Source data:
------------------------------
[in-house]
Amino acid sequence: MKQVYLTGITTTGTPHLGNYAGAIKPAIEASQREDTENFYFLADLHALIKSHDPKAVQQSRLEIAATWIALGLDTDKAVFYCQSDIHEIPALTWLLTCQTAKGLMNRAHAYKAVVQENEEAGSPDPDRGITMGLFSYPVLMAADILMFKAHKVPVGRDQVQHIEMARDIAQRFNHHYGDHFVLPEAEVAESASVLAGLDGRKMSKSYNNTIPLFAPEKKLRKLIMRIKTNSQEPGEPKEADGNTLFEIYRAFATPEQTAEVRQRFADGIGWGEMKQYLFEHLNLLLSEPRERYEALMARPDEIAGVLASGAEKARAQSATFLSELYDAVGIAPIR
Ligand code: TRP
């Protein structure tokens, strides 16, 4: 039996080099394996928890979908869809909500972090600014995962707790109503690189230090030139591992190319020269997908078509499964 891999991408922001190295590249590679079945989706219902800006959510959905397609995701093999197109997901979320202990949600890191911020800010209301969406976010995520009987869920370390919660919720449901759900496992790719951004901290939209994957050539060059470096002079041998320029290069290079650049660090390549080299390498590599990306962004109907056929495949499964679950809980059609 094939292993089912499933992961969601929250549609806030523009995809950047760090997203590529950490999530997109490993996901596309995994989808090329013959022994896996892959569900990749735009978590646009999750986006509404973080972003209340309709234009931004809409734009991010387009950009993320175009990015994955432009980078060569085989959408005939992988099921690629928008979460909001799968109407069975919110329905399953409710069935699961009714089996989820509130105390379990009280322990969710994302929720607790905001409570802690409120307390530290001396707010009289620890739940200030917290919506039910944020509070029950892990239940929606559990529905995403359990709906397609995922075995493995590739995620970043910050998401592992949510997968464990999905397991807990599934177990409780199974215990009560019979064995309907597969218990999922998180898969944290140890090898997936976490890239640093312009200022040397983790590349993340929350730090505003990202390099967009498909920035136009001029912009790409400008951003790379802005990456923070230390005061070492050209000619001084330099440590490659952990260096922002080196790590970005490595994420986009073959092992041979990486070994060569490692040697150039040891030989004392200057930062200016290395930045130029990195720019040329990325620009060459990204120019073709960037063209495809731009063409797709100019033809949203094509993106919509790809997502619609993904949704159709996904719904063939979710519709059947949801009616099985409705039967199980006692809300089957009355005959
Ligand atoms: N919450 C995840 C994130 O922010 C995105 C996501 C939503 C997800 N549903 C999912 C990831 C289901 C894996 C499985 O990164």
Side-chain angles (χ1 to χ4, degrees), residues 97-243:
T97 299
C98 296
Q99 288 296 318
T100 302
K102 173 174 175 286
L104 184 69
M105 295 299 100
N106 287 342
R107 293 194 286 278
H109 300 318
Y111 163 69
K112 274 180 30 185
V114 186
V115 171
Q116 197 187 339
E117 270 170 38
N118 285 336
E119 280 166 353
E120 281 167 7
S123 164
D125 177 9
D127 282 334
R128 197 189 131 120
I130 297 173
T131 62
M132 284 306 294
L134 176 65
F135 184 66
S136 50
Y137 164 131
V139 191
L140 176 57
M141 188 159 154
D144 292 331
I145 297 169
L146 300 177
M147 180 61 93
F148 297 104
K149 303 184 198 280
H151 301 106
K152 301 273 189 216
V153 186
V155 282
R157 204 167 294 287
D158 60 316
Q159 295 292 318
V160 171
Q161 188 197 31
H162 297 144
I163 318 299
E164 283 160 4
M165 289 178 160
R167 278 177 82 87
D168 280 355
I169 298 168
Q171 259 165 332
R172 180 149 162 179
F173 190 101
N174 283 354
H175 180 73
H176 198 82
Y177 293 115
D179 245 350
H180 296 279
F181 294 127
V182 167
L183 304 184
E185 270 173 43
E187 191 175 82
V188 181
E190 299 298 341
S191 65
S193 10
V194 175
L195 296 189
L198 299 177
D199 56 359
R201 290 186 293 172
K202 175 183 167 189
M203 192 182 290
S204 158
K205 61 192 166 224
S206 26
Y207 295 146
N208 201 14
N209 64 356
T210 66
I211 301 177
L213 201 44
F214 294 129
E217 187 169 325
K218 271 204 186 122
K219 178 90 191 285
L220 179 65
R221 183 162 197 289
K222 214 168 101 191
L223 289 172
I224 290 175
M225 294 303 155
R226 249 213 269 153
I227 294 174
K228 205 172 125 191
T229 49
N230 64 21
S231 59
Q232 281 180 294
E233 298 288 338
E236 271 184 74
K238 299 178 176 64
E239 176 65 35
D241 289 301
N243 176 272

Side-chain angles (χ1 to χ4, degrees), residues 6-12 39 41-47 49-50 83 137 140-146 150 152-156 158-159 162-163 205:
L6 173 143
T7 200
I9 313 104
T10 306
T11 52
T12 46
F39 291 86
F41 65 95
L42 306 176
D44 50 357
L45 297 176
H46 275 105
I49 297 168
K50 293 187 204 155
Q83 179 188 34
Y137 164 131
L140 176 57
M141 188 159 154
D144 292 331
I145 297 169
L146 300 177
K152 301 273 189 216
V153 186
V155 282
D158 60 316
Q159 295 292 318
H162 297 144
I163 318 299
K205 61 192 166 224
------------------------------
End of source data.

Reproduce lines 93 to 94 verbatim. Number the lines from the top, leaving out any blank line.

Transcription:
T210 66
I211 301 177